Effective propulsion in swimming: grasping the hydrodynamics of hand and arm movements

J. van Houwelingen, S. Schreven, J.J.B. Smeets, H.J.H. Clercx, P.J. Beek

Research output: Contribution to journalArticleAcademicpeer-review

11 Citations (Scopus)
2 Downloads (Pure)


A literature review is presented about the hydrodynamic effects of different hand and arm movements during swimming with the aim to identify lacunae in current methods and knowledge, and to distil practical guidelines for coaches and swimmers seeking to increase swimming speed. Experimental and numerical studies are discussed examining the effects of hand orientation, thumb position, finger spread, sculling movements and hand accelerations during swimming, as well as unsteady properties of vortices due to changes in hand orientation. Collectively, the findings indicate that swimming speed may be increased by avoiding excessive sculling movements and by spreading the fingers slightly. In addition, it appears that accelerating the hands rather than moving them at constant speed may be beneficial, and that (in front crawl swimming) the thumb should be abducted during entry, catch and upsweep and adducted during the pull phase. Further experimental and numerical research is required to confirm these suggestions and to elucidate their hydrodynamic underpinnings and identify optimal propulsion techniques. To this end, it is necessary that the dynamical motion and resulting unsteady effects are accounted for, and that flow visualization techniques, force measurements and simulations are combined in studying those effects.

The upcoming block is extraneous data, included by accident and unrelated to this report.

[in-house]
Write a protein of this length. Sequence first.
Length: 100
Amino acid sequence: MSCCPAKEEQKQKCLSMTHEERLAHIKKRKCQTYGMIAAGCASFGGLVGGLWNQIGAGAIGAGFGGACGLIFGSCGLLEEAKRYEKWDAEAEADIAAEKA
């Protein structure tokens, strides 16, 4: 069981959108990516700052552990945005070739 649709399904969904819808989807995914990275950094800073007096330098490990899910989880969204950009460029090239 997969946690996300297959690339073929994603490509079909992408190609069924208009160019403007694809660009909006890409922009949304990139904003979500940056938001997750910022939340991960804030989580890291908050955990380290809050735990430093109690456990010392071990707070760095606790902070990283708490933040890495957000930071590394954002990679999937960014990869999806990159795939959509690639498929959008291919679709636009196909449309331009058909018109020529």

Original languageEnglish
Pages (from-to)87-100
Number of pages14
JournalJournal of Applied Biomechanics
Issue number1
Publication statusPublished - Feb 2017


  • Hand
  • Hydrodynamics
  • Swimming
  • Rheology/methods
  • Viscosity
  • Humans
  • Evidence-Based Medicine
  • Arm/physiology
  • Friction
  • Models, Biological
  • Athletic Performance/physiology
  • Movement/physiology
  • Swimming/physiology
  • Hand/physiology


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